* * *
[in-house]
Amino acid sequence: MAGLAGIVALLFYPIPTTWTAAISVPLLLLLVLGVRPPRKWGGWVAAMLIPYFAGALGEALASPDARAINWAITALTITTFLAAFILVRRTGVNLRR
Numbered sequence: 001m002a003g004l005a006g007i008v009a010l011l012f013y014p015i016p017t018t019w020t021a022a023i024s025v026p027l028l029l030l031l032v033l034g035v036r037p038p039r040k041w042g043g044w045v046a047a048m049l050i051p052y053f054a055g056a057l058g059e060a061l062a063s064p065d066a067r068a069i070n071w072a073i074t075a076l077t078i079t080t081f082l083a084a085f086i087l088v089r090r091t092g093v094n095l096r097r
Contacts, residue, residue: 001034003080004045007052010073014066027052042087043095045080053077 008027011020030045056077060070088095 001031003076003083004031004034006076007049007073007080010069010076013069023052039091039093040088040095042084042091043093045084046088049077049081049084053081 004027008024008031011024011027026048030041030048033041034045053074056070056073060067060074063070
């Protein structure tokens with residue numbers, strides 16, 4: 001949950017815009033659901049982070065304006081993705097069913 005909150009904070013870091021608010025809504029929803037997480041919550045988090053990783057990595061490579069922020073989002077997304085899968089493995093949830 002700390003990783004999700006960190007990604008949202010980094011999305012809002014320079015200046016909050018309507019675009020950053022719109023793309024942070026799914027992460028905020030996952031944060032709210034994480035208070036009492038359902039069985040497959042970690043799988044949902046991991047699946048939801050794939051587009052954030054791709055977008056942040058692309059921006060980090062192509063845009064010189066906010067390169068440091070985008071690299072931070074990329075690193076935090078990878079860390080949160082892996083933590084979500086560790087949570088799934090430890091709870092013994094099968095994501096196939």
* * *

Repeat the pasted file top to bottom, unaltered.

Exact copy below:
[in-house]
Amino acid sequence: MAGLAGIVALLFYPIPTTWTAAISVPLLLLLVLGVRPPRKWGGWVAAMLIPYFAGALGEALASPDARAINWAITALTITTFLAAFILVRRTGVNLRR
Numbered sequence: 001m002a003g004l005a006g007i008v009a010l011l012f013y014p015i016p017t018t019w020t021a022a023i024s025v026p027l028l029l030l031l032v033l034g035v036r037p038p039r040k041w042g043g044w045v046a047a048m049l050i051p052y053f054a055g056a057l058g059e060a061l062a063s064p065d066a067r068a069i070n071w072a073i074t075a076l077t078i079t080t081f082l083a084a085f086i087l088v089r090r091t092g093v094n095l096r097r
Contacts, residue, residue: 001034003080004045007052010073014066027052042087043095045080053077 008027011020030045056077060070088095 001031003076003083004031004034006076007049007073007080010069010076013069023052039091039093040088040095042084042091043093045084046088049077049081049084053081 004027008024008031011024011027026048030041030048033041034045053074056070056073060067060074063070
């Protein structure tokens with residue numbers, strides 16, 4: 001949950017815009033659901049982070065304006081993705097069913 005909150009904070013870091021608010025809504029929803037997480041919550045988090053990783057990595061490579069922020073989002077997304085899968089493995093949830 002700390003990783004999700006960190007990604008949202010980094011999305012809002014320079015200046016909050018309507019675009020950053022719109023793309024942070026799914027992460028905020030996952031944060032709210034994480035208070036009492038359902039069985040497959042970690043799988044949902046991991047699946048939801050794939051587009052954030054791709055977008056942040058692309059921006060980090062192509063845009064010189066906010067390169068440091070985008071690299072931070074990329075690193076935090078990878079860390080949160082892996083933590084979500086560790087949570088799934090430890091709870092013994094099968095994501096196939």